Allocating income towards your savings will also help if sudden job loss occurs, car mechanical problems, an unexpected house maintenance issue, or any general family emergency. Having savings aside can also help if you need to quickly clear an overdraft or pay extra off your loan and credit card debt payments.


Budget Template: 50/30/20

If you’re ready to begin budgeting using the 50/30/20 technique, it’s essential to be prepared and do your calculations correctly. Firstly, it’s crucial to write down exactly how much money you have allocated for each category based on your income. If you live with a partner and share the expenses, you can combine your income here, too. From here, you can then decide how much money goes towards your needs, wants and savings collectively.

Here is a quick template for you to use to help calculate your budget:

Total Monthly Income $3000 
Needs: $3000 X 0.50 $1500
Wants: $3000 X 0.30 $900
Savings: $3000 X 0.20 $600


How To Keep Track Of Your Spending While On A Budget

You’re one step closer to having a budget that functions like clockwork. But you’re probably wondering, how do you keep track of your spending and ensure you’re staying on course? Well, there are many ways you can make sure you’re not going overboard on your spending. Firstly, you can track your expenses on your phone or an excel sheet. These two ways stand the test of time (alongside the traditional pen and paper method). But suppose you’re looking for a way to track your spending habits and trends. In that case, Marble offers a free personal finance software that connects to your bank account and shows you your monthly reports. You can find out more about MyMarble here.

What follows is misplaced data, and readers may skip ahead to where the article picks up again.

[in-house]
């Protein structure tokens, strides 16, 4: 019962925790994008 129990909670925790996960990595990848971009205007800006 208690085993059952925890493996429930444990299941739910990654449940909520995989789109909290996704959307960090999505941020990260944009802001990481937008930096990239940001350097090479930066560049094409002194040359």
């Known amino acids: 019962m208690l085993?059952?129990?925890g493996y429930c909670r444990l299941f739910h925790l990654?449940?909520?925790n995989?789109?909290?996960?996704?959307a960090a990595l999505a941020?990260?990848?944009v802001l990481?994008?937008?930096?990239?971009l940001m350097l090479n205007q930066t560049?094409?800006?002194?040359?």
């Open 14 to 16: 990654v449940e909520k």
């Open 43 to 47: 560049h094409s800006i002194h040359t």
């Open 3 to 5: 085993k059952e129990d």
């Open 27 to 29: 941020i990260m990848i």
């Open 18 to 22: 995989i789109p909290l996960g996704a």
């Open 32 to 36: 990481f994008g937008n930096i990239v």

The Bottom Line

If you want to create a budget but prefer a simple approach to keep your financial fitness in check, the 50/30/20 budget is for you. Since there are only three main categories for you to track, it helps you avoid breaking down every category as you would in an average budget.

It’s important to note that sometimes the 50/30/20 budget may not suit you. For example, in areas where the cost of living is high, these categories may not serve you well.

Keep in mind, though, that you can adjust the rule for your particular needs by changing the percentages to match your situation and financial goals. For example, you could try a 70/20/10 budget by applying the same principles with different percentages of your total income. Otherwise, if this is still not working for you, there are plenty of great budgeting techniques available to help you keep your financial health in check.